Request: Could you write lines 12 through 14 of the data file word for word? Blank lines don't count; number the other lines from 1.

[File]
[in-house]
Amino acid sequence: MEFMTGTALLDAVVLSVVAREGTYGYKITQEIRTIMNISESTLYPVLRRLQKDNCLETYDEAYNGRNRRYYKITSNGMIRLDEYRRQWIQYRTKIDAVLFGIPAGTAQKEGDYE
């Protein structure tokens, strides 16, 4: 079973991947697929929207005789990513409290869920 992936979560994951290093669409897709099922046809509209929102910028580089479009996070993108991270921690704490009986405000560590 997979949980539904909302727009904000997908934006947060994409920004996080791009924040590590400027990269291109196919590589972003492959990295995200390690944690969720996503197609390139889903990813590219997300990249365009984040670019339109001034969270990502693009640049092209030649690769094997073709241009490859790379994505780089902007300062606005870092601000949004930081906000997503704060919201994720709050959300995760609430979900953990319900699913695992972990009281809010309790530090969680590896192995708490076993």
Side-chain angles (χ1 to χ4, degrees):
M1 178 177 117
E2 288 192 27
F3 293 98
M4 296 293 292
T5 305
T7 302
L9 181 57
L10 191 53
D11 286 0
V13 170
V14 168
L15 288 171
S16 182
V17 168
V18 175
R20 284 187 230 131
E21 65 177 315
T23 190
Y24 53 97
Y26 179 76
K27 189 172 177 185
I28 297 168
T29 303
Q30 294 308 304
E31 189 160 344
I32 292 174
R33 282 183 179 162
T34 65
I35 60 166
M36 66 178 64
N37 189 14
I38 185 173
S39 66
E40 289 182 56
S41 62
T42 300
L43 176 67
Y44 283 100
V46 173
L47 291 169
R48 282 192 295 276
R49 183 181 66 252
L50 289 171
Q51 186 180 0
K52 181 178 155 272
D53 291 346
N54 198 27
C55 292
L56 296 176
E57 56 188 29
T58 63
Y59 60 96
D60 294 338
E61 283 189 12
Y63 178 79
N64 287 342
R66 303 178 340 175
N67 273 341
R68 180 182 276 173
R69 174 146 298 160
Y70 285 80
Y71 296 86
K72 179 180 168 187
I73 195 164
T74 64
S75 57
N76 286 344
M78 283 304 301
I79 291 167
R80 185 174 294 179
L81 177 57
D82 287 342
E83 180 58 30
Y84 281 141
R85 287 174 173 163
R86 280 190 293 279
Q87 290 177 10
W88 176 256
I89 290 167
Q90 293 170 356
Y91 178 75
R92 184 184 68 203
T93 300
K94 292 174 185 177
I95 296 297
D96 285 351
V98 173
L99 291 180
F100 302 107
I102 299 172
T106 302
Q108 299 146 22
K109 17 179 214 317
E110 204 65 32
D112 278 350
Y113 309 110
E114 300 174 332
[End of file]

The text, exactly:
L10 191 53
D11 286 0
V13 170